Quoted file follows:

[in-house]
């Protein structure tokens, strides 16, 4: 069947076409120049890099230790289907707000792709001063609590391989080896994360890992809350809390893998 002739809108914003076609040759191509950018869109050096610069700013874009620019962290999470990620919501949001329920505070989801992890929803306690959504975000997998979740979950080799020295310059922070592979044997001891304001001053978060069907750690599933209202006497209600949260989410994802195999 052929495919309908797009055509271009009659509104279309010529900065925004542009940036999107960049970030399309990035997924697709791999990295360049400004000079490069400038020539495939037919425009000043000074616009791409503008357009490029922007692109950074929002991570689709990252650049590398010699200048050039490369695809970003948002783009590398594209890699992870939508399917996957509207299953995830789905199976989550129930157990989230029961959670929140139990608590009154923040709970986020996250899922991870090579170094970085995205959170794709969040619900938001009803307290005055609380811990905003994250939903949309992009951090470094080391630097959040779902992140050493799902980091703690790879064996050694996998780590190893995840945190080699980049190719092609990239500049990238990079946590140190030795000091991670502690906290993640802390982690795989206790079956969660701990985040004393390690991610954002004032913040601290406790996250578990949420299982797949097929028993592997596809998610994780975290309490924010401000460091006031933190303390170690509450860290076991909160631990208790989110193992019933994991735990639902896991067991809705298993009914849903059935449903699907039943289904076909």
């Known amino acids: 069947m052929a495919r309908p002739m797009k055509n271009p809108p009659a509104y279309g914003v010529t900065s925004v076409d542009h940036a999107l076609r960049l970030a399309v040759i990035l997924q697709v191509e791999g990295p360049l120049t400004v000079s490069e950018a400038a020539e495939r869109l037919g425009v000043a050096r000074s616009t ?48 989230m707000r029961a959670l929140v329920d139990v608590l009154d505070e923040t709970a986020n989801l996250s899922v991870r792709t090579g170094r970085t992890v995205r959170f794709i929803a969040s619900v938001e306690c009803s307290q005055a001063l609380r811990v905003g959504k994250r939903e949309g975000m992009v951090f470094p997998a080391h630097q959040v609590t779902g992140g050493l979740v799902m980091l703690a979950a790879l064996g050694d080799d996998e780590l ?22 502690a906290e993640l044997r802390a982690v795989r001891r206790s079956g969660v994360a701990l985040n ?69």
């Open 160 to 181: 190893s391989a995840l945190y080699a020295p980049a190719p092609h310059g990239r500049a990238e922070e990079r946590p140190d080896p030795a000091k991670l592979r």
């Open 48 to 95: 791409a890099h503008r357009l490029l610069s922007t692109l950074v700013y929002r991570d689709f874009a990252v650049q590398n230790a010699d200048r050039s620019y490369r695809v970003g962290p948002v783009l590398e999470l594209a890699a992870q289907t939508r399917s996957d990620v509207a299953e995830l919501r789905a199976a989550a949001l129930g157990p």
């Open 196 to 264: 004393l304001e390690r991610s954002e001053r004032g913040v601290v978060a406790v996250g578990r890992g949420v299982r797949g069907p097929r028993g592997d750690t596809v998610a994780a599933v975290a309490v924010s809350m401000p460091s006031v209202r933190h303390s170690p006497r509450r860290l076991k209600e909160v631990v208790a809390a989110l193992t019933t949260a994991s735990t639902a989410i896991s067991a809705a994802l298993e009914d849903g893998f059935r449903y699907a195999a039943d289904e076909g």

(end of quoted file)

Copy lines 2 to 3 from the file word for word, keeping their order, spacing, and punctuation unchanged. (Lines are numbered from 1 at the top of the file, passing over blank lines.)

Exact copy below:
């Protein structure tokens, strides 16, 4: 069947076409120049890099230790289907707000792709001063609590391989080896994360890992809350809390893998 002739809108914003076609040759191509950018869109050096610069700013874009620019962290999470990620919501949001329920505070989801992890929803306690959504975000997998979740979950080799020295310059922070592979044997001891304001001053978060069907750690599933209202006497209600949260989410994802195999 052929495919309908797009055509271009009659509104279309010529900065925004542009940036999107960049970030399309990035997924697709791999990295360049400004000079490069400038020539495939037919425009000043000074616009791409503008357009490029922007692109950074929002991570689709990252650049590398010699200048050039490369695809970003948002783009590398594209890699992870939508399917996957509207299953995830789905199976989550129930157990989230029961959670929140139990608590009154923040709970986020996250899922991870090579170094970085995205959170794709969040619900938001009803307290005055609380811990905003994250939903949309992009951090470094080391630097959040779902992140050493799902980091703690790879064996050694996998780590190893995840945190080699980049190719092609990239500049990238990079946590140190030795000091991670502690906290993640802390982690795989206790079956969660701990985040004393390690991610954002004032913040601290406790996250578990949420299982797949097929028993592997596809998610994780975290309490924010401000460091006031933190303390170690509450860290076991909160631990208790989110193992019933994991735990639902896991067991809705298993009914849903059935449903699907039943289904076909």
């Known amino acids: 069947m052929a495919r309908p002739m797009k055509n271009p809108p009659a509104y279309g914003v010529t900065s925004v076409d542009h940036a999107l076609r960049l970030a399309v040759i990035l997924q697709v191509e791999g990295p360049l120049t400004v000079s490069e950018a400038a020539e495939r869109l037919g425009v000043a050096r000074s616009t ?48 989230m707000r029961a959670l929140v329920d139990v608590l009154d505070e923040t709970a986020n989801l996250s899922v991870r792709t090579g170094r970085t992890v995205r959170f794709i929803a969040s619900v938001e306690c009803s307290q005055a001063l609380r811990v905003g959504k994250r939903e949309g975000m992009v951090f470094p997998a080391h630097q959040v609590t779902g992140g050493l979740v799902m980091l703690a979950a790879l064996g050694d080799d996998e780590l ?22 502690a906290e993640l044997r802390a982690v795989r001891r206790s079956g969660v994360a701990l985040n ?69």